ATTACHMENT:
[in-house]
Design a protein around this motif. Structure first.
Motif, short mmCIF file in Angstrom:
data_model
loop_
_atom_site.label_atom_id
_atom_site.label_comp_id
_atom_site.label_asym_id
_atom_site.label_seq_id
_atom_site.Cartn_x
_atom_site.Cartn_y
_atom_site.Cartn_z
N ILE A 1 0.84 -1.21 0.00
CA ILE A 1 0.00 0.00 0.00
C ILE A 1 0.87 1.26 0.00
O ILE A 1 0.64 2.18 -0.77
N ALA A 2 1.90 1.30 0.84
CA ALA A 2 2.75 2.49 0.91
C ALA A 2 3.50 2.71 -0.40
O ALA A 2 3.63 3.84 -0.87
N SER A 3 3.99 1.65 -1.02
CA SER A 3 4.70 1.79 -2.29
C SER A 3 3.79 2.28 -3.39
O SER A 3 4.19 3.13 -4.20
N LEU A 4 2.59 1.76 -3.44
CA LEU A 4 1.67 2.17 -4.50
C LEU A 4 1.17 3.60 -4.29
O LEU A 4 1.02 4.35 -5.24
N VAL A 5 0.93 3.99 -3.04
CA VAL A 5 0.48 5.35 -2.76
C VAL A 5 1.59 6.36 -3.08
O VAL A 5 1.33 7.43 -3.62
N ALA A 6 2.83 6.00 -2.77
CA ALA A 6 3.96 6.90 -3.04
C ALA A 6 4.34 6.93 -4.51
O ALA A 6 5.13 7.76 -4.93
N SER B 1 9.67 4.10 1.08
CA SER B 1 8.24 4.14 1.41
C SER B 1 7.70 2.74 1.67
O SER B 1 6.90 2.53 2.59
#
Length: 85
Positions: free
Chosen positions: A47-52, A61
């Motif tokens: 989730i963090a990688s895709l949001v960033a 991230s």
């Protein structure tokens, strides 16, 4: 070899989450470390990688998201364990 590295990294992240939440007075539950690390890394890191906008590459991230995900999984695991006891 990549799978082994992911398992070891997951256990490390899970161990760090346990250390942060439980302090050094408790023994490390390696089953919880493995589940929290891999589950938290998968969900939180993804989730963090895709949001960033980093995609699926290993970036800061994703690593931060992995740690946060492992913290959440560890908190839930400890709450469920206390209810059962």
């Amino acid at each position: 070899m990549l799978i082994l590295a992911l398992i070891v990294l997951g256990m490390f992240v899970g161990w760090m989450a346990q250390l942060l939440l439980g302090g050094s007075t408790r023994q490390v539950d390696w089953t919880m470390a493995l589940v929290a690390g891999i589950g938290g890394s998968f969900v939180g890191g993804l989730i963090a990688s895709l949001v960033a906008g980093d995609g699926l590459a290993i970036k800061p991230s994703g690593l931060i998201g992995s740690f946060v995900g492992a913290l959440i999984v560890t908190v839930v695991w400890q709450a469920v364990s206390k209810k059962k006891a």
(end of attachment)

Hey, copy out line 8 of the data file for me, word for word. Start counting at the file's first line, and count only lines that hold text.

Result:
_atom_site.label_asym_id